At least a tenth of the city's semi-private direct subsidy schools aim to raise fees for the next academic year.
The Education Bureau says that of Monday, 24 of the roughly 80 such schools have informed it about their fee plans. Nine have applied to increase their fees, while 15 will leave them unchanged.
The lack of submissions from the other schools suggests they intend to maintain their fees.
They may still apply for an increase but there is no guarantee that the bureau will endorse it.
Most of the nine schools opted for a single-digit fee increase, in line with inflation, said Dr Lam Kin-wah, who heads a concern group of direct-subsidy-school managers.
A South China Morning Post survey found that some of the elite schools - including St Paul's Co-educational College, St Paul's Convent School and Diocesan Girls' School - were planning to maintain their fees.
But others have drafted increases of about 10 per cent. For instance, YMCA of HK Christian College in Tung Chung plans to raise annual fees for Form One pupils from HK$25,500 to HK$28,000.
At Confucius Hall Secondary School, annual fees for new pupils will double from HK$1,000 to HK$2,000.
A school spokesman said that the extra funds would be used to hire native-English-speaking teachers.
An Education Bureau spokeswoman said officials would study the schools' accounts before approving their fee increases.
'To improve transparency, the bureau has asked direct subsidy scheme schools to conduct a thorough consultation with parents,' she said.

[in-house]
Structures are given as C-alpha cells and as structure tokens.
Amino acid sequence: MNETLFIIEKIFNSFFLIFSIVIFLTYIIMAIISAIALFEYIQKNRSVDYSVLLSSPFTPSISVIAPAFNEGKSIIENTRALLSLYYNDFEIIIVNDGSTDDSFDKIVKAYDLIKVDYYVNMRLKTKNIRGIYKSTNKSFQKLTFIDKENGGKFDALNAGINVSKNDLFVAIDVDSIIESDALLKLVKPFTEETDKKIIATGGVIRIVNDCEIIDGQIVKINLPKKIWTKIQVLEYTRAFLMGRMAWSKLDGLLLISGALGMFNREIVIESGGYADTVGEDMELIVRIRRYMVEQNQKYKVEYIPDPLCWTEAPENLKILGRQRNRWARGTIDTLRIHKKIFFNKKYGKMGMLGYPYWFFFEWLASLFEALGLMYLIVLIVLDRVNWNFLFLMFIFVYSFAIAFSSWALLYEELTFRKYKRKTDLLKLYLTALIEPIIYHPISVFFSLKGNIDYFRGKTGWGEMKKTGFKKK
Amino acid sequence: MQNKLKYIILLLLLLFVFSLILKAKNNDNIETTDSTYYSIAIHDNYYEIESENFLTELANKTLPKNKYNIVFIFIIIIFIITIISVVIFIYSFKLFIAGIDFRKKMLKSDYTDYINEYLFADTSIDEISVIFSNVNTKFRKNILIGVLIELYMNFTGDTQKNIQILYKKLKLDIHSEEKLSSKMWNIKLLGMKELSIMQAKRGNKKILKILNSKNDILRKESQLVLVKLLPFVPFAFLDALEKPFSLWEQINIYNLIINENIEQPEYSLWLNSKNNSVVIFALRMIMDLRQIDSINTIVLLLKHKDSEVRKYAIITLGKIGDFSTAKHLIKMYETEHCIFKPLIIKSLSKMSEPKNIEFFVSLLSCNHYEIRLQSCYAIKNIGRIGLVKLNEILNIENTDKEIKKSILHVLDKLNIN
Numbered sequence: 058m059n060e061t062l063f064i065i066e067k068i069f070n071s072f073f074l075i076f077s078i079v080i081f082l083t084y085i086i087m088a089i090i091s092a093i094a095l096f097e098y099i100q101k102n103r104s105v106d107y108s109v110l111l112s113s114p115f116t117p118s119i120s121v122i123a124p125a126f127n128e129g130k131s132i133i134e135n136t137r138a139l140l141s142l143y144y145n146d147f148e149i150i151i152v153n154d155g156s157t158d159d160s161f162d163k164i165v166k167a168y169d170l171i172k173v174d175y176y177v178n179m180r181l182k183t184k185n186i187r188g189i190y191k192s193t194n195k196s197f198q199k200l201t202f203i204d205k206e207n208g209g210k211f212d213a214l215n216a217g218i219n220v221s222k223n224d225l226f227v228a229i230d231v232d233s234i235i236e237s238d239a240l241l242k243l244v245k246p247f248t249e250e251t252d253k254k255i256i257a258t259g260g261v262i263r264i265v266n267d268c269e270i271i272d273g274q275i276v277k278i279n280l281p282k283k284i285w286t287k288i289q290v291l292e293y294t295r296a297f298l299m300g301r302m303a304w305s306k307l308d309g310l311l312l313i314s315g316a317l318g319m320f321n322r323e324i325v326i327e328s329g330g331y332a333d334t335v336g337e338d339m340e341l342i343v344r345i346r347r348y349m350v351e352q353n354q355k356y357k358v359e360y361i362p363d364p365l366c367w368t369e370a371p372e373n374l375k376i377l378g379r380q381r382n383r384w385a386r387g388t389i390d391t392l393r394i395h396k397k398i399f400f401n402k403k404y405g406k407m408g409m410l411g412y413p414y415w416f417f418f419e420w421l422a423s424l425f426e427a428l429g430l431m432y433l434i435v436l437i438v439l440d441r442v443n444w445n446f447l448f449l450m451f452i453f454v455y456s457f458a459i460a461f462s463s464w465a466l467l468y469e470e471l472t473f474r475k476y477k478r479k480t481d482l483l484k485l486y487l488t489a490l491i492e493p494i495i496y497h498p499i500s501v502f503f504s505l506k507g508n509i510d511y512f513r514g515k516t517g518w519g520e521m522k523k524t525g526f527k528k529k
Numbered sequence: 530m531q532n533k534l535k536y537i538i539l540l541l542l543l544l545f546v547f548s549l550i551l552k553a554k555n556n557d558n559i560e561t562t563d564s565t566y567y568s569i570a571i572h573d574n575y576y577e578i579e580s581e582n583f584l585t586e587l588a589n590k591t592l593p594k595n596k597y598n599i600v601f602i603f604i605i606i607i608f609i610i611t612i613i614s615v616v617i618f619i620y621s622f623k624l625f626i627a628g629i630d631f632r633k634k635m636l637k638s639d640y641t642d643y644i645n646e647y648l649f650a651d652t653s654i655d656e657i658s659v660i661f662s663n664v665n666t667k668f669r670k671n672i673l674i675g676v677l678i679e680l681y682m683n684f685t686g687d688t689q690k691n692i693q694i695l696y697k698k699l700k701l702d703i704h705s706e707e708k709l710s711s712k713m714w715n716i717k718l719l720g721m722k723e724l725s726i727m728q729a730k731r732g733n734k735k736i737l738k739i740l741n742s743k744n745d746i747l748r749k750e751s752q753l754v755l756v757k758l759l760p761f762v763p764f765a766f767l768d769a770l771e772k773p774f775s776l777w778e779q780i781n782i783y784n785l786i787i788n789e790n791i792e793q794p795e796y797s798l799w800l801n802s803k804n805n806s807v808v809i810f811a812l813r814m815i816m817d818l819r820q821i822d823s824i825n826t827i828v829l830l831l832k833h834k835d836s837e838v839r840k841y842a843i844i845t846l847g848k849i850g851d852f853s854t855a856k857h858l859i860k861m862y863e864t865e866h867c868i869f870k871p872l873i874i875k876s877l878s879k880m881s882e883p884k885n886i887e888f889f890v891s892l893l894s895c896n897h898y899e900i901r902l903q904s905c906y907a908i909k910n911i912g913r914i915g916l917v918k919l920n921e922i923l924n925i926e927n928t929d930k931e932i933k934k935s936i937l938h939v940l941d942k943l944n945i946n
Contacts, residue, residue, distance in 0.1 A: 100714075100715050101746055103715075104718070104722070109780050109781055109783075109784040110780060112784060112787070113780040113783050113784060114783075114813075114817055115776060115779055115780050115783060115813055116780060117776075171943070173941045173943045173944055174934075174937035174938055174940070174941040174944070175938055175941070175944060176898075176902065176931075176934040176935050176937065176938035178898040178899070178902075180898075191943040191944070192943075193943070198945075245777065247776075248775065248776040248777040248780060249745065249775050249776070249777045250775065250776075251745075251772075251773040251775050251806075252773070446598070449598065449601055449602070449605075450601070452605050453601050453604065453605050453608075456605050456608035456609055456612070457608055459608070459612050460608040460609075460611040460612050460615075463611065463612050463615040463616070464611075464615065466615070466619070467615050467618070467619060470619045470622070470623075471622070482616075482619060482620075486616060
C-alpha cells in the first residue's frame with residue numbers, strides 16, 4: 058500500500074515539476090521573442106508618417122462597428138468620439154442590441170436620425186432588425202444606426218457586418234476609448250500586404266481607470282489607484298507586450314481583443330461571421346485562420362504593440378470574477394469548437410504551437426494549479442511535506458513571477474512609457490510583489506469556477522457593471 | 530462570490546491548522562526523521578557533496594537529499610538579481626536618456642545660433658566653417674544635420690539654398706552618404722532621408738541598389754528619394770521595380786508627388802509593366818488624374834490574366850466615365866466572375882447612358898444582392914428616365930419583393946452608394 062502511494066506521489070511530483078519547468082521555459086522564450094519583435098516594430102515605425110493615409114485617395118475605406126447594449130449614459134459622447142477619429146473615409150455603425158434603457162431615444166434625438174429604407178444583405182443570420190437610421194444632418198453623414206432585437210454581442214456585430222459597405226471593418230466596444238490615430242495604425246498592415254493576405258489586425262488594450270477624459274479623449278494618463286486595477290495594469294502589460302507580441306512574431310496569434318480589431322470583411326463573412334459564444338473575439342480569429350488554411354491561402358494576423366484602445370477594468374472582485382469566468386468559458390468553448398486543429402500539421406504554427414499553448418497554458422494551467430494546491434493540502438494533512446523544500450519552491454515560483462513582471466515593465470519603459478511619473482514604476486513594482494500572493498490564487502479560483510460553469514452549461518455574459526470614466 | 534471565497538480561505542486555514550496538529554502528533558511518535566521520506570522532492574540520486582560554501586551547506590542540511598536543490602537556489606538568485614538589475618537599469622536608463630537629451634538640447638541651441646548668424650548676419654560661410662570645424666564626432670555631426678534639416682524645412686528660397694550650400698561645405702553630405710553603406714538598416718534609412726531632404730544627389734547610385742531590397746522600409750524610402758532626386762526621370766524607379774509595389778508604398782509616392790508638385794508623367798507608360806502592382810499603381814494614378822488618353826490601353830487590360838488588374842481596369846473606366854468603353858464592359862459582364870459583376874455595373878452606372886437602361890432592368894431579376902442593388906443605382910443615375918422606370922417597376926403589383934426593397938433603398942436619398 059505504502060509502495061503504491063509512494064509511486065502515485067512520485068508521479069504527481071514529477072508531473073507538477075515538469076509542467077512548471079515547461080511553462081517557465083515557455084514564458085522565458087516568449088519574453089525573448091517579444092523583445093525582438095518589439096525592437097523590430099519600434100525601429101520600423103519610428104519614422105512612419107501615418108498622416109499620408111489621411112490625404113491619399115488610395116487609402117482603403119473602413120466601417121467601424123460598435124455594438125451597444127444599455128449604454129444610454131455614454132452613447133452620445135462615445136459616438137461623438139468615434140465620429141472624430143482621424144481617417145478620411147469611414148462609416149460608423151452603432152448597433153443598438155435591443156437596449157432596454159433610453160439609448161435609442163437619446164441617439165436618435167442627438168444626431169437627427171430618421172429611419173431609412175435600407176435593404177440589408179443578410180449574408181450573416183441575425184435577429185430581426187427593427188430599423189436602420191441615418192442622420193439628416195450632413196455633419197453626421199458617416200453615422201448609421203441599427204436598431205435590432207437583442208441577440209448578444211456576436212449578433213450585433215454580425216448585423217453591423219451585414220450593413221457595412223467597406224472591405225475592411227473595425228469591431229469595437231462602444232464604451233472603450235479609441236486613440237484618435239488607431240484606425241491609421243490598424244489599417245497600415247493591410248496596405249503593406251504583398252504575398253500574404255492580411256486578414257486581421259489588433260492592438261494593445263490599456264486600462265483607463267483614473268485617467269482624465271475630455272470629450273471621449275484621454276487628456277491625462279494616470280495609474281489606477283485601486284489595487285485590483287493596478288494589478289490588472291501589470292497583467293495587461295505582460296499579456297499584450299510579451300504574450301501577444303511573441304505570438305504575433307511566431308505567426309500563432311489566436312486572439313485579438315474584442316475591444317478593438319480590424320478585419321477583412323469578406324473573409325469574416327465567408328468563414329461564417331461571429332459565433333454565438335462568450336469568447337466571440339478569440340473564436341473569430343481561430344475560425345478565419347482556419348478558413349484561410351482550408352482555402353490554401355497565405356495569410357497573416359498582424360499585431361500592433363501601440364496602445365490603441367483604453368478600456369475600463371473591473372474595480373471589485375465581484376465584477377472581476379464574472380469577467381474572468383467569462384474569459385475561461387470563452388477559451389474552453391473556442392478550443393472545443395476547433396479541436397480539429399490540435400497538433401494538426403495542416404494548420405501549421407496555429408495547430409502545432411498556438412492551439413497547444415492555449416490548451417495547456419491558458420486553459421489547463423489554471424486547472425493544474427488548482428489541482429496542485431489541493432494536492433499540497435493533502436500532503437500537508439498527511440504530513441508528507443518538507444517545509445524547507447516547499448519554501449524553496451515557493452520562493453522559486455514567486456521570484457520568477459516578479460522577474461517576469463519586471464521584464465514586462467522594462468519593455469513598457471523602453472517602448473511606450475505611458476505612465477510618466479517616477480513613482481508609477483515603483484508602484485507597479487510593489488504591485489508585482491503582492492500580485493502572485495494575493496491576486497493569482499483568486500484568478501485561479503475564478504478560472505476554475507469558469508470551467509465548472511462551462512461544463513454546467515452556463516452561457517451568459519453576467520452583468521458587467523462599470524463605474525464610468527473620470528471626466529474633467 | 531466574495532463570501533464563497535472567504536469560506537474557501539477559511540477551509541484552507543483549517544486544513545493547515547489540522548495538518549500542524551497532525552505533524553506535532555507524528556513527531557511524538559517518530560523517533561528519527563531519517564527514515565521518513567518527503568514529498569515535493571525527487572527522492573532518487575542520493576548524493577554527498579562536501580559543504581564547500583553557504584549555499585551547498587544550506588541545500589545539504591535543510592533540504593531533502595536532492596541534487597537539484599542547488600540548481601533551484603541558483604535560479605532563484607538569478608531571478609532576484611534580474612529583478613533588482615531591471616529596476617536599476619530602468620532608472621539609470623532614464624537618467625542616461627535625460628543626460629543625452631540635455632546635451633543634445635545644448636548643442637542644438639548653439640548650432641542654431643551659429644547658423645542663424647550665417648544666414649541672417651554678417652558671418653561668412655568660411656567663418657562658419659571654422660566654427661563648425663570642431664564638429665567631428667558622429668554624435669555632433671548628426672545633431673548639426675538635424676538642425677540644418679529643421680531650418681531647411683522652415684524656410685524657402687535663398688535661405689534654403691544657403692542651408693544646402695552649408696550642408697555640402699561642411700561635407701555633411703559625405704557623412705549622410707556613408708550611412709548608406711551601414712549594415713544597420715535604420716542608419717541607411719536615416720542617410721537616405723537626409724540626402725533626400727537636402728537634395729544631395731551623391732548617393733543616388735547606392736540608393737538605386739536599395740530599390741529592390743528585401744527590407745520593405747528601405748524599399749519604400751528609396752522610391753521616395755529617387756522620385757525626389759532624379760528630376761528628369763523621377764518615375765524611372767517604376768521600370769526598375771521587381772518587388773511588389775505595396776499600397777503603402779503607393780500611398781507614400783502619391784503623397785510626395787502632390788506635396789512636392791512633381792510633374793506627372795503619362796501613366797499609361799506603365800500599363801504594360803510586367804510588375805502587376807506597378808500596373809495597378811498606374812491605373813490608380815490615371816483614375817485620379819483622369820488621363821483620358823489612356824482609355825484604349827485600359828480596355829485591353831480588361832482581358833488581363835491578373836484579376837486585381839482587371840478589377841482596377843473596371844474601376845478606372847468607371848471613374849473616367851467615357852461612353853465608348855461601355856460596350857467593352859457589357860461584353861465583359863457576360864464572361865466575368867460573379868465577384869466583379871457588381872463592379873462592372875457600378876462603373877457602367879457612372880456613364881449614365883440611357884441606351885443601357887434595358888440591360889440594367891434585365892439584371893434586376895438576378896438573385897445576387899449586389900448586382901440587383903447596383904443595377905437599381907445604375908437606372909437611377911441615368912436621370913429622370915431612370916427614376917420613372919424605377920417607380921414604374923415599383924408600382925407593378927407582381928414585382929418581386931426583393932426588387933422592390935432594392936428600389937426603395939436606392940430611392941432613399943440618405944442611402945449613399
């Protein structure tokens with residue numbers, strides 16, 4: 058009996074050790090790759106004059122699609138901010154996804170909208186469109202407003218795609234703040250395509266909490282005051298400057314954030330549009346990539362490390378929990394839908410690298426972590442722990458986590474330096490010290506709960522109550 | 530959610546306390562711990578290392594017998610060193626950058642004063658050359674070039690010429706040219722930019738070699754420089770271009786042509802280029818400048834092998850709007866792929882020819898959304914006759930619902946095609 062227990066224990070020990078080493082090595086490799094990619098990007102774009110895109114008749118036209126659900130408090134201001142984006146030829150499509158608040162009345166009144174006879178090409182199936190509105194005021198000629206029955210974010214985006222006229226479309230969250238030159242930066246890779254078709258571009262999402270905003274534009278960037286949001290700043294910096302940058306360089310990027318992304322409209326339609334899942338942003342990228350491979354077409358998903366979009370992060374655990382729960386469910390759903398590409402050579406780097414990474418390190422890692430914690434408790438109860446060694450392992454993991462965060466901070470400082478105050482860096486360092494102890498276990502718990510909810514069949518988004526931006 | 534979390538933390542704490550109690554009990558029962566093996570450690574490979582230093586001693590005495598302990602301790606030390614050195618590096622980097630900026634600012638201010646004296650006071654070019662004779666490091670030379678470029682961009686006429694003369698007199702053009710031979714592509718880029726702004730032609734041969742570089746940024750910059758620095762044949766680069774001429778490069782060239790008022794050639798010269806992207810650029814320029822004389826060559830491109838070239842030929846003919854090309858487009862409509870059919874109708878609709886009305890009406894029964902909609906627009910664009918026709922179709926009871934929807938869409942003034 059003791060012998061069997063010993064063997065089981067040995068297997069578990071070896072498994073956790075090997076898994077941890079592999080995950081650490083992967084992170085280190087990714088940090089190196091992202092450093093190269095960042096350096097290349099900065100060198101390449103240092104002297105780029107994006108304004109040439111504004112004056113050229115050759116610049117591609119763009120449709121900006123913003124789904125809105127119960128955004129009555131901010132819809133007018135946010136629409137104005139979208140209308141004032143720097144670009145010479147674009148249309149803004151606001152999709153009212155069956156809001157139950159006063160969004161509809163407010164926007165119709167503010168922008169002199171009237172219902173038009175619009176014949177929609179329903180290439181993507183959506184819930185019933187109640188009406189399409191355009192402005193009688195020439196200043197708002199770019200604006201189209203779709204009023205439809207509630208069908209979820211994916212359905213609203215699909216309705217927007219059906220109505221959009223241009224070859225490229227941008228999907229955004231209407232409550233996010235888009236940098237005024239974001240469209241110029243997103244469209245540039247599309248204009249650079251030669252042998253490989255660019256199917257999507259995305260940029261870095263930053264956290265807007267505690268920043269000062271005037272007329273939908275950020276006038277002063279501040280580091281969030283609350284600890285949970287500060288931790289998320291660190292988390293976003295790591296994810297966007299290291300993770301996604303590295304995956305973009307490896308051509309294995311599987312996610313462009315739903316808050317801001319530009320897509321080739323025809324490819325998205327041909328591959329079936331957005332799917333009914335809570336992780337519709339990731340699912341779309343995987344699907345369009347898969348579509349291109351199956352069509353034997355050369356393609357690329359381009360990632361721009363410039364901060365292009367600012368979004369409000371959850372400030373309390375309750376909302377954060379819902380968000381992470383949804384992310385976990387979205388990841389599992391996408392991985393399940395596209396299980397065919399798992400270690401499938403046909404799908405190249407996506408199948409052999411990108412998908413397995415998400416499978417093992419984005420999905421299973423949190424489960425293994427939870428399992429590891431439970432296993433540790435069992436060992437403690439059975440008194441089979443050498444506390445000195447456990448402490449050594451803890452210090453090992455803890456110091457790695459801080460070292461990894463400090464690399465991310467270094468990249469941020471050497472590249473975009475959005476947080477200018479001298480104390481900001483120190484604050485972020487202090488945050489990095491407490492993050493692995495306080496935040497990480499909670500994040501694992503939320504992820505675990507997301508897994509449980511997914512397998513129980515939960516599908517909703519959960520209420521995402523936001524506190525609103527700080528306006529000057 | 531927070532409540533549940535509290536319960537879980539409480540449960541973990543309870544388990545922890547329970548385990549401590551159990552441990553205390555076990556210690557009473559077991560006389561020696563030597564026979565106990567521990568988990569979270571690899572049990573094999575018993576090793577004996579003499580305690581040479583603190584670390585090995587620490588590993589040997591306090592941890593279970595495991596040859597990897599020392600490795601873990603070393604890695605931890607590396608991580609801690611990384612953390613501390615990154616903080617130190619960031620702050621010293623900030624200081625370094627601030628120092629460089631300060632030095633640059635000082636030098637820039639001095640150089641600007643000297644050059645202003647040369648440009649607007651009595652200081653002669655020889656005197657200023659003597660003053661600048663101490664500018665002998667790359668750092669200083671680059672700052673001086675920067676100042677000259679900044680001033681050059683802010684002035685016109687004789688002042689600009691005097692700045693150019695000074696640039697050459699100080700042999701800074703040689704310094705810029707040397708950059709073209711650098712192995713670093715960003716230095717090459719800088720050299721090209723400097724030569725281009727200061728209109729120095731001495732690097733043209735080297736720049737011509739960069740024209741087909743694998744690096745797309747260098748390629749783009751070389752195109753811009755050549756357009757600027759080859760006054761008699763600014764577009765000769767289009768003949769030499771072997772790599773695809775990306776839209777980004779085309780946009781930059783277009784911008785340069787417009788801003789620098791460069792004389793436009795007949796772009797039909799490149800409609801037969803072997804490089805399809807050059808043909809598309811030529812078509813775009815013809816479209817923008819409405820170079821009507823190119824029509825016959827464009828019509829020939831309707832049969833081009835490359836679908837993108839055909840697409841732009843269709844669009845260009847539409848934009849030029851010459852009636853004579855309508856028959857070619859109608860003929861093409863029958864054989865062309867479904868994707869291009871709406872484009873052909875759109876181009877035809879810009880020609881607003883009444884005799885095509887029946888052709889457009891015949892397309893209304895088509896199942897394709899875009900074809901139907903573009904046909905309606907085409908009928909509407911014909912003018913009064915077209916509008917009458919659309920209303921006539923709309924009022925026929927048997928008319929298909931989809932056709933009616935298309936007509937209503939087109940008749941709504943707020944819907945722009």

In 1988, the government established the direct subsidy scheme for schools to introduce greater flexibility to the education system.
Although they receive government funding, they enjoy greater flexibility than public schools in financial planning and curriculum design.
But many came under fire in 2010 for poor administration and for investing heavily in upscale properties and the stock market.
There have also been complaints that some schools raised fees despite having large cash reserves, prompting the authorities to tighten rules on spending.
Prices of textbooks for the upcoming academic year are also expected to rise 3 to 4 per cent due to inflation, according to a coalition of textbook publishers formed by the Hong Kong Educational Publishers Association and Anglo-Chinese Textbook Publishers Organisation.
That's despite the government's demand that publishers 'debundle' the cost of textbooks from teaching materials to shift more of the financial burden from students to schools.